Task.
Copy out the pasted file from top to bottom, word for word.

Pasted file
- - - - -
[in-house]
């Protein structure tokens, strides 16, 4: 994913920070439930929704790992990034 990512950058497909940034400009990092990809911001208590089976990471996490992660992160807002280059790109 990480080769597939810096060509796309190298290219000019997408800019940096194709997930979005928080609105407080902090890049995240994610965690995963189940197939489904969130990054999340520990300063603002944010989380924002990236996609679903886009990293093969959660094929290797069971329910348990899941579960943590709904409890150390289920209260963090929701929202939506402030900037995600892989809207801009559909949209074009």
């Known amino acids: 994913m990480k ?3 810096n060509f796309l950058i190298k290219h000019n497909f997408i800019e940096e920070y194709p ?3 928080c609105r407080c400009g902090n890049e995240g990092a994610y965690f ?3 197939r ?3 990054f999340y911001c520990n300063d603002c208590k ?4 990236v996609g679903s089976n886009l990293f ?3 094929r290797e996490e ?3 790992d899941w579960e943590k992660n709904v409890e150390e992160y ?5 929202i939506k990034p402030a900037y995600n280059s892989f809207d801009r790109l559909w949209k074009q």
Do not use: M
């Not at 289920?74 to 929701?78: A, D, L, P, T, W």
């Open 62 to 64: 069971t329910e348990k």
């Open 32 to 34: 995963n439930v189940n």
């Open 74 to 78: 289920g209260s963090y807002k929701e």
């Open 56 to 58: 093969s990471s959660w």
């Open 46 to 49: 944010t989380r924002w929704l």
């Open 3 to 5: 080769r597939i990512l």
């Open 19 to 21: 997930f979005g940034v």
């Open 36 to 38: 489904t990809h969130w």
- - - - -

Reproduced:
[in-house]
């Protein structure tokens, strides 16, 4: 994913920070439930929704790992990034 990512950058497909940034400009990092990809911001208590089976990471996490992660992160807002280059790109 990480080769597939810096060509796309190298290219000019997408800019940096194709997930979005928080609105407080902090890049995240994610965690995963189940197939489904969130990054999340520990300063603002944010989380924002990236996609679903886009990293093969959660094929290797069971329910348990899941579960943590709904409890150390289920209260963090929701929202939506402030900037995600892989809207801009559909949209074009």
């Known amino acids: 994913m990480k ?3 810096n060509f796309l950058i190298k290219h000019n497909f997408i800019e940096e920070y194709p ?3 928080c609105r407080c400009g902090n890049e995240g990092a994610y965690f ?3 197939r ?3 990054f999340y911001c520990n300063d603002c208590k ?4 990236v996609g679903s089976n886009l990293f ?3 094929r290797e996490e ?3 790992d899941w579960e943590k992660n709904v409890e150390e992160y ?5 929202i939506k990034p402030a900037y995600n280059s892989f809207d801009r790109l559909w949209k074009q």
Do not use: M
């Not at 289920?74 to 929701?78: A, D, L, P, T, W």
């Open 62 to 64: 069971t329910e348990k």
């Open 32 to 34: 995963n439930v189940n």
């Open 74 to 78: 289920g209260s963090y807002k929701e």
């Open 56 to 58: 093969s990471s959660w």
């Open 46 to 49: 944010t989380r924002w929704l």
């Open 3 to 5: 080769r597939i990512l």
């Open 19 to 21: 997930f979005g940034v």
């Open 36 to 38: 489904t990809h969130w």